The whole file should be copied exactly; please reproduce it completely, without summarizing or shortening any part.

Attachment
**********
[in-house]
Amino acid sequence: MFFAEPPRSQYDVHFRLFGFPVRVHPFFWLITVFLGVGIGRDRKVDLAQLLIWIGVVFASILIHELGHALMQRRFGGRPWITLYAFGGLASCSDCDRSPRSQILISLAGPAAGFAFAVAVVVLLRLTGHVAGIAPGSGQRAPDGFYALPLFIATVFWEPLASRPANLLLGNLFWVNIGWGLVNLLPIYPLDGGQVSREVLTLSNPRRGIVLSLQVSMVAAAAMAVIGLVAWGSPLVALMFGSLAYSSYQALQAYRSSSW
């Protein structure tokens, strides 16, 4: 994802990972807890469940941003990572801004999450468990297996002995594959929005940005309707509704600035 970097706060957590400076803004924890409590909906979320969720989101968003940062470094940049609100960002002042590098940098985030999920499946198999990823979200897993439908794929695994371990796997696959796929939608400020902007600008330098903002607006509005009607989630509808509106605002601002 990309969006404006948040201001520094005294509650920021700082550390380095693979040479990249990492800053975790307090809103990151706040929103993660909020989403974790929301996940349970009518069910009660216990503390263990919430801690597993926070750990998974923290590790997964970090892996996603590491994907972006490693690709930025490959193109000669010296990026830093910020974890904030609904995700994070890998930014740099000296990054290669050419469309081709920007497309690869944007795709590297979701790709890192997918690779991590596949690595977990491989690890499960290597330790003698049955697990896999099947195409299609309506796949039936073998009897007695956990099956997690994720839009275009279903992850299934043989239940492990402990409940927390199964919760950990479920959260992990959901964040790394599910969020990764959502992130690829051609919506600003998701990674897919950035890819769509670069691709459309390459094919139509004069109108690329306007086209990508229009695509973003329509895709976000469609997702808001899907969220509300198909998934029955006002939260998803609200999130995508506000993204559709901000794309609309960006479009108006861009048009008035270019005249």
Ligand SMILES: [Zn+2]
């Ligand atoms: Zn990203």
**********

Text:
[in-house]
Amino acid sequence: MFFAEPPRSQYDVHFRLFGFPVRVHPFFWLITVFLGVGIGRDRKVDLAQLLIWIGVVFASILIHELGHALMQRRFGGRPWITLYAFGGLASCSDCDRSPRSQILISLAGPAAGFAFAVAVVVLLRLTGHVAGIAPGSGQRAPDGFYALPLFIATVFWEPLASRPANLLLGNLFWVNIGWGLVNLLPIYPLDGGQVSREVLTLSNPRRGIVLSLQVSMVAAAAMAVIGLVAWGSPLVALMFGSLAYSSYQALQAYRSSSW
């Protein structure tokens, strides 16, 4: 994802990972807890469940941003990572801004999450468990297996002995594959929005940005309707509704600035 970097706060957590400076803004924890409590909906979320969720989101968003940062470094940049609100960002002042590098940098985030999920499946198999990823979200897993439908794929695994371990796997696959796929939608400020902007600008330098903002607006509005009607989630509808509106605002601002 990309969006404006948040201001520094005294509650920021700082550390380095693979040479990249990492800053975790307090809103990151706040929103993660909020989403974790929301996940349970009518069910009660216990503390263990919430801690597993926070750990998974923290590790997964970090892996996603590491994907972006490693690709930025490959193109000669010296990026830093910020974890904030609904995700994070890998930014740099000296990054290669050419469309081709920007497309690869944007795709590297979701790709890192997918690779991590596949690595977990491989690890499960290597330790003698049955697990896999099947195409299609309506796949039936073998009897007695956990099956997690994720839009275009279903992850299934043989239940492990402990409940927390199964919760950990479920959260992990959901964040790394599910969020990764959502992130690829051609919506600003998701990674897919950035890819769509670069691709459309390459094919139509004069109108690329306007086209990508229009695509973003329509895709976000469609997702808001899907969220509300198909998934029955006002939260998803609200999130995508506000993204559709901000794309609309960006479009108006861009048009008035270019005249």
Ligand SMILES: [Zn+2]
């Ligand atoms: Zn990203």